By Ninez Cacho-Olivares | The Daily Tribune
Finally, Smartmatic faces a criminal case in court, after the Department of Justice (DoJ) ordered the filing of charges against personnel of the Commission on Elections (Comelec) and poll technology provider Smartmatic in relation to the script change in the transparency server during the May 2016 polls.
In a resolution dated June 2, Justice Undersecretary Deo Marco found probable cause to charge Smartmatic personnel Marlon Garcia, head of the Technical Support Team; and his subordinates Neil Baniqued and Mauricio Herrera for violation of Sections 4(a)(1), (3) and (4) of Republic Act 10175 or the Cybercrime Prevention Act.
Also found liable were Comelec information technology experts Rouie Peñalba, Nelson Herrera and Frances Mae Gonzales.
Marlon Garcia, the Smartmatic officer who, along with a Comelec personnel, was found to have changed the script of the transparency server, which hosts the unofficial election results, as this was tweaked on the night of election day, although the claim was that this was tweaked only to correct the “?” character into “ñ” that appeared in the names of some candidates, which really makes no sense, considering that there was no presidential and vice presidential bet that had a name with the letter ñ.
The Comelec chief, Andres Bautista, admitted that there was a script change although he maintained that the script change did not affect the results of the vice presidential election race.
The Comelec chief of course, being an impeachable official, cannot be charged criminally until after his term is up. However, there is no reason for Congress not to initiate an impeachment complaint against Bautista.
After all, Bautista has failed to explain how Smartmatic’s Garcia and Rouie Peñalba, of the Comelec, were able to do the tweaking without any permission from Bautista, who alone held the second half of the password to the script server.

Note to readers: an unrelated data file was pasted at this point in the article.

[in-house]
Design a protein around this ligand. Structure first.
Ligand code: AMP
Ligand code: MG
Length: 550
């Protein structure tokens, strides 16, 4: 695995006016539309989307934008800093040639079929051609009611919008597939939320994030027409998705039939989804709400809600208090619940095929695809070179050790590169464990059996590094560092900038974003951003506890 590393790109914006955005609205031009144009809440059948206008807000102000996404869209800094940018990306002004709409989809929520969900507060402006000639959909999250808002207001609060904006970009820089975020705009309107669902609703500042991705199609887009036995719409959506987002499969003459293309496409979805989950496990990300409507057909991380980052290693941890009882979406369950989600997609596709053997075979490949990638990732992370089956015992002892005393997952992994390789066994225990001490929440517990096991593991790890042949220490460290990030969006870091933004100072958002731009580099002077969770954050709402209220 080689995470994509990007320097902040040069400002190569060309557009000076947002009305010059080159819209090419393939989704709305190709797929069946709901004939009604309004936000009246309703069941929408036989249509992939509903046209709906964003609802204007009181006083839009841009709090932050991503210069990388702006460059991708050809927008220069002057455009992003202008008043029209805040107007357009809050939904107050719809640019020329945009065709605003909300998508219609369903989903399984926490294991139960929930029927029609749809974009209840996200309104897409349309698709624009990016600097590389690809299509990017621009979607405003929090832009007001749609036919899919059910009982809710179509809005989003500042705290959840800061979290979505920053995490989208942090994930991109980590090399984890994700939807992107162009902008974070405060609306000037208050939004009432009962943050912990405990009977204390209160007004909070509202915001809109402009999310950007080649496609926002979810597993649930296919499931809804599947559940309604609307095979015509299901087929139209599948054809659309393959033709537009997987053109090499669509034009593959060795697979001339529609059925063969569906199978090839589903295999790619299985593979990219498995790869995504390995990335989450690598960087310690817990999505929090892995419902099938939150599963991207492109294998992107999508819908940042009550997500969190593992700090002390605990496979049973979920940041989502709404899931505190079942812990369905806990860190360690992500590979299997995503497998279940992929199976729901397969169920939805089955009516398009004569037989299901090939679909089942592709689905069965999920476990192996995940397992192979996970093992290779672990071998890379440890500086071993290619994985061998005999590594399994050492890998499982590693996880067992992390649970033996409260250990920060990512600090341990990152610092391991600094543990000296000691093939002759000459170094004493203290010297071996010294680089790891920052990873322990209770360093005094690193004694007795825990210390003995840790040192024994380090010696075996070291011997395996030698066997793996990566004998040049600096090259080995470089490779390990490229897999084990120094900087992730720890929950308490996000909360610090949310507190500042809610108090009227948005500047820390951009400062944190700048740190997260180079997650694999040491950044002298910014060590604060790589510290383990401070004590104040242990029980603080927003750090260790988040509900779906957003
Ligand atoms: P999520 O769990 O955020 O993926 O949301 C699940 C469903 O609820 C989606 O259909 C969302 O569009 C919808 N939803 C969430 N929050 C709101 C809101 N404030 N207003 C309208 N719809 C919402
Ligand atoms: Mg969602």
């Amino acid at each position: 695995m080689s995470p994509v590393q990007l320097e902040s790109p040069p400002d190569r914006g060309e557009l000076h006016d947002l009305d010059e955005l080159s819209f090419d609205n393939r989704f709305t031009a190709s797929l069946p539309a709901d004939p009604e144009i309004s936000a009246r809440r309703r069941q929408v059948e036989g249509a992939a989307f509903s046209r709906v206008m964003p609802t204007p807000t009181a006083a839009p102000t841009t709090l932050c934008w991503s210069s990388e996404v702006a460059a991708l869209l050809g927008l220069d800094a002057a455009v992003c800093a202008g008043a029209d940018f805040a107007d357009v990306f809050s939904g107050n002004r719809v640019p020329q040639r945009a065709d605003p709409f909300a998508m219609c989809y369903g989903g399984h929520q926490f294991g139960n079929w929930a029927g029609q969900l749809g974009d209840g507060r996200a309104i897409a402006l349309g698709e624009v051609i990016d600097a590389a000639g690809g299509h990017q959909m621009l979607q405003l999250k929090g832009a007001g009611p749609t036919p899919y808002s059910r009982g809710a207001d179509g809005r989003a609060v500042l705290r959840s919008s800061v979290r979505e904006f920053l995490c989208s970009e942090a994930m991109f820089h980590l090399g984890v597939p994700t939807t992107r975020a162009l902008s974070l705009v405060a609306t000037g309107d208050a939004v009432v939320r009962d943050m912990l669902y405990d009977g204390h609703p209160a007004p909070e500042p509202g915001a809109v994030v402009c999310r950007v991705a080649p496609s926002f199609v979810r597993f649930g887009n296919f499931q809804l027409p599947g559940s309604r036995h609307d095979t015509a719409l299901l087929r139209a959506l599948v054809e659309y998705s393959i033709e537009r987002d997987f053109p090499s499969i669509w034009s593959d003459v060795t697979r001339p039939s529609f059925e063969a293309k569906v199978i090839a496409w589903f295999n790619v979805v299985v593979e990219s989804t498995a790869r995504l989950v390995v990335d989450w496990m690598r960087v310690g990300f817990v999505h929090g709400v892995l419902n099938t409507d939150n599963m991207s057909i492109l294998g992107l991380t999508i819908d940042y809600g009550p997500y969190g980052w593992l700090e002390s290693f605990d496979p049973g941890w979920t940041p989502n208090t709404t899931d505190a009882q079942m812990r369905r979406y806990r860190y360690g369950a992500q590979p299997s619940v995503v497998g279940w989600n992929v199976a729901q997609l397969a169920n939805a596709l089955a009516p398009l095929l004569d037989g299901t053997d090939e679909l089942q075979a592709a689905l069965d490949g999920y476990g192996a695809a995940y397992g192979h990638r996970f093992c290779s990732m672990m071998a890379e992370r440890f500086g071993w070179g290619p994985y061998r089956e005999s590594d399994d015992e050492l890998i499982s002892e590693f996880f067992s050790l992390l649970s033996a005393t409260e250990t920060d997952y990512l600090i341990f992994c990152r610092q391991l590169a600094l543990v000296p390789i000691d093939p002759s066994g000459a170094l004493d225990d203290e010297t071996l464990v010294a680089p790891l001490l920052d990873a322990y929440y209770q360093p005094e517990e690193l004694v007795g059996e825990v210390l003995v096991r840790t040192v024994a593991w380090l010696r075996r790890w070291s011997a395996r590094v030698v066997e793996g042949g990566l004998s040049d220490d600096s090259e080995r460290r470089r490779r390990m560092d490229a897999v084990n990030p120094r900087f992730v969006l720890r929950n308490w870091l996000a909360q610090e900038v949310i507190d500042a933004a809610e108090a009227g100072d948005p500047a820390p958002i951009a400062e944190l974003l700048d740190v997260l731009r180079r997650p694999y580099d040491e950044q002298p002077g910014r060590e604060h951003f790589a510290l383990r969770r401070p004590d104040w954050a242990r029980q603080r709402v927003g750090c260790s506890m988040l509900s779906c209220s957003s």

Bautista claimed he was not aware of the tweaking until it was over yet he readily vouched for Smartmatic and Peñalba’s version of their mere “cosmetic change” in the transparency server.
What really stands out however, is the fact that this “cosmetic change” as Smartmatic and Bautista love to call this blatant electronic cheating, was done in the dead of the night and when morning came, over a million votes were lost from one vice presidential candidate.
Marcos’ camp had wondered why his lead over Robredo in the unofficial count began to erode following the introduction of a new script in the transparency server and with Robredo, who was losing in the millions, suddenly overtook Marcos.
Marcos has also filed a protest against Robredo before the Supreme Court acting as the Presidential Electoral Tribunal, with the preliminary conference scheduled next month.
Smartmatic and the Comelec personnel are in deep legal trouble.
Section 4 (a)(1) of RA 10175 penalizes the access of a computer system without any authority while Section 3 penalizes the intentional and reckless altering of computer data.
Section 4 penalizes the act of hindering or interfering with the functions of a computer and computer network by inputting, deleting and altering computer data and programs, without any right or authority.
The DoJ stated that the respondents committed an illegal act for failing to secure the required authorization from the Comelec en banc before changing the script in the transparency server stationed on Pope Pius Center in Manila.
“It was established that the respondents were able to access the transparency server to change the name without notifying the Comelec en banc,” the resolution stated.
“It must be noted that the Comelec IT personnel assigned at the PPCRV center had no authority to allow any Smartmatic personnel to tweak the transparency server. As a result thereof, the hash codes failed to match.
However, despite the said alteration, said fact was not announced until after the lapse of 24 hours when the parties were alerted of said fact,” it added.
There is doubt, however that Smartmatic’s Garcia and other Smartmatic personnel charged are still in the country, which means they can be arrested and face charges in the Philippines, if they are tagged by Interpol as wanted persons.
As for the Comelec personnel, they will have to explain their role in the tweaking of the hash tag.
But maybe some of them could turn state witnesses and blow the whistle on the Comelec and Smartmatic thieves.